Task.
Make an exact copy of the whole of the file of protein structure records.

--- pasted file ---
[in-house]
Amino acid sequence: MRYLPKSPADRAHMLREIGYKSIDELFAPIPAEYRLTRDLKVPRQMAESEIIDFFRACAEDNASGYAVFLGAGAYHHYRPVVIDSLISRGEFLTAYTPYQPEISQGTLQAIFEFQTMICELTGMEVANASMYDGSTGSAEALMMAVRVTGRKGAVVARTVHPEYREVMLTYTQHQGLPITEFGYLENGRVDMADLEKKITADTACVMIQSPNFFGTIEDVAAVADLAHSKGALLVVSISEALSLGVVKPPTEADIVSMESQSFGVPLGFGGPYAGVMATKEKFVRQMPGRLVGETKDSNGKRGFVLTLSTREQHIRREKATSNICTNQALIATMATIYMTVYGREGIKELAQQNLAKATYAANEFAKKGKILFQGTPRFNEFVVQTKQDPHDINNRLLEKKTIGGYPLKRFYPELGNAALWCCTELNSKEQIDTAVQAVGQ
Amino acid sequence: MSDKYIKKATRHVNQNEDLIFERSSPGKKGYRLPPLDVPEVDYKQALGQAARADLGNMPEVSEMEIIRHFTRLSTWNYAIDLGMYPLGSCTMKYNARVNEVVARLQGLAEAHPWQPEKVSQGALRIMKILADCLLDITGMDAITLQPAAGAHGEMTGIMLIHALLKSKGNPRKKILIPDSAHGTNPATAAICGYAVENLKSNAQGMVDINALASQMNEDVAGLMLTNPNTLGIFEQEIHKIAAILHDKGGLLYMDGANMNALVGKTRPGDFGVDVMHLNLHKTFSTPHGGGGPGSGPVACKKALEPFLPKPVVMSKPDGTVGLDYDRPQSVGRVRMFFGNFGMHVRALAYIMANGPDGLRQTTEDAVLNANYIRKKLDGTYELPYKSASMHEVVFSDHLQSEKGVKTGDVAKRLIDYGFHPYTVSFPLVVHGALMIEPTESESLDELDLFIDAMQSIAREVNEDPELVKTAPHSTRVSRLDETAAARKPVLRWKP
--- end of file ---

[in-house]
Amino acid sequence: MRYLPKSPADRAHMLREIGYKSIDELFAPIPAEYRLTRDLKVPRQMAESEIIDFFRACAEDNASGYAVFLGAGAYHHYRPVVIDSLISRGEFLTAYTPYQPEISQGTLQAIFEFQTMICELTGMEVANASMYDGSTGSAEALMMAVRVTGRKGAVVARTVHPEYREVMLTYTQHQGLPITEFGYLENGRVDMADLEKKITADTACVMIQSPNFFGTIEDVAAVADLAHSKGALLVVSISEALSLGVVKPPTEADIVSMESQSFGVPLGFGGPYAGVMATKEKFVRQMPGRLVGETKDSNGKRGFVLTLSTREQHIRREKATSNICTNQALIATMATIYMTVYGREGIKELAQQNLAKATYAANEFAKKGKILFQGTPRFNEFVVQTKQDPHDINNRLLEKKTIGGYPLKRFYPELGNAALWCCTELNSKEQIDTAVQAVGQ
Amino acid sequence: MSDKYIKKATRHVNQNEDLIFERSSPGKKGYRLPPLDVPEVDYKQALGQAARADLGNMPEVSEMEIIRHFTRLSTWNYAIDLGMYPLGSCTMKYNARVNEVVARLQGLAEAHPWQPEKVSQGALRIMKILADCLLDITGMDAITLQPAAGAHGEMTGIMLIHALLKSKGNPRKKILIPDSAHGTNPATAAICGYAVENLKSNAQGMVDINALASQMNEDVAGLMLTNPNTLGIFEQEIHKIAAILHDKGGLLYMDGANMNALVGKTRPGDFGVDVMHLNLHKTFSTPHGGGGPGSGPVACKKALEPFLPKPVVMSKPDGTVGLDYDRPQSVGRVRMFFGNFGMHVRALAYIMANGPDGLRQTTEDAVLNANYIRKKLDGTYELPYKSASMHEVVFSDHLQSEKGVKTGDVAKRLIDYGFHPYTVSFPLVVHGALMIEPTESESLDELDLFIDAMQSIAREVNEDPELVKTAPHSTRVSRLDETAAARKPVLRWKP